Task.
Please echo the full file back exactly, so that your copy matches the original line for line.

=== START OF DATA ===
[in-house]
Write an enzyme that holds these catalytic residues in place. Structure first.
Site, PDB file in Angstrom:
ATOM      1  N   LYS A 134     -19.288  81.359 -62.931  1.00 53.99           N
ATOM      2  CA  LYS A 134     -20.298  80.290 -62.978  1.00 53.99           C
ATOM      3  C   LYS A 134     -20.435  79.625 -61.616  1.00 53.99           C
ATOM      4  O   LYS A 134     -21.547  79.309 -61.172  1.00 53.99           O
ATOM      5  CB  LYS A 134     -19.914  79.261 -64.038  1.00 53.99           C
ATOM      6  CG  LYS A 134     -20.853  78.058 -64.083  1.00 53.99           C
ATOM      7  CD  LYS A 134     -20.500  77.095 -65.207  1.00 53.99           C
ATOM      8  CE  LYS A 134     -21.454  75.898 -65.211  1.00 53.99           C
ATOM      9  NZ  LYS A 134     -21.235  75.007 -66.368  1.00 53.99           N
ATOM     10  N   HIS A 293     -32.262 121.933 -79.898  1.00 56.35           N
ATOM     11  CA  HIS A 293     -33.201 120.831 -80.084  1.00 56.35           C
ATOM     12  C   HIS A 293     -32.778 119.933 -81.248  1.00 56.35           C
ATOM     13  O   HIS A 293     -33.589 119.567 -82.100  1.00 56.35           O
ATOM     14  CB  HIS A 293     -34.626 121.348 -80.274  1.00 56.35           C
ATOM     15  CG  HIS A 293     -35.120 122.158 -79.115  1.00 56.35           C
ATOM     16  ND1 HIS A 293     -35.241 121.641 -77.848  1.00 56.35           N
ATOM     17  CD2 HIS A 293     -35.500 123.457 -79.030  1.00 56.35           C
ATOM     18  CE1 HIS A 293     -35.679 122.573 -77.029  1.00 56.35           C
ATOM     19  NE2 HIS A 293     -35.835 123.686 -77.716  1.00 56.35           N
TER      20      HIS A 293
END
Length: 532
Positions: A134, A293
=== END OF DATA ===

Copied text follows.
[in-house]
Write an enzyme that holds these catalytic residues in place. Structure first.
Site, PDB file in Angstrom:
ATOM      1  N   LYS A 134     -19.288  81.359 -62.931  1.00 53.99           N
ATOM      2  CA  LYS A 134     -20.298  80.290 -62.978  1.00 53.99           C
ATOM      3  C   LYS A 134     -20.435  79.625 -61.616  1.00 53.99           C
ATOM      4  O   LYS A 134     -21.547  79.309 -61.172  1.00 53.99           O
ATOM      5  CB  LYS A 134     -19.914  79.261 -64.038  1.00 53.99           C
ATOM      6  CG  LYS A 134     -20.853  78.058 -64.083  1.00 53.99           C
ATOM      7  CD  LYS A 134     -20.500  77.095 -65.207  1.00 53.99           C
ATOM      8  CE  LYS A 134     -21.454  75.898 -65.211  1.00 53.99           C
ATOM      9  NZ  LYS A 134     -21.235  75.007 -66.368  1.00 53.99           N
ATOM     10  N   HIS A 293     -32.262 121.933 -79.898  1.00 56.35           N
ATOM     11  CA  HIS A 293     -33.201 120.831 -80.084  1.00 56.35           C
ATOM     12  C   HIS A 293     -32.778 119.933 -81.248  1.00 56.35           C
ATOM     13  O   HIS A 293     -33.589 119.567 -82.100  1.00 56.35           O
ATOM     14  CB  HIS A 293     -34.626 121.348 -80.274  1.00 56.35           C
ATOM     15  CG  HIS A 293     -35.120 122.158 -79.115  1.00 56.35           C
ATOM     16  ND1 HIS A 293     -35.241 121.641 -77.848  1.00 56.35           N
ATOM     17  CD2 HIS A 293     -35.500 123.457 -79.030  1.00 56.35           C
ATOM     18  CE1 HIS A 293     -35.679 122.573 -77.029  1.00 56.35           C
ATOM     19  NE2 HIS A 293     -35.835 123.686 -77.716  1.00 56.35           N
TER      20      HIS A 293
END
Length: 532
Positions: A134, A293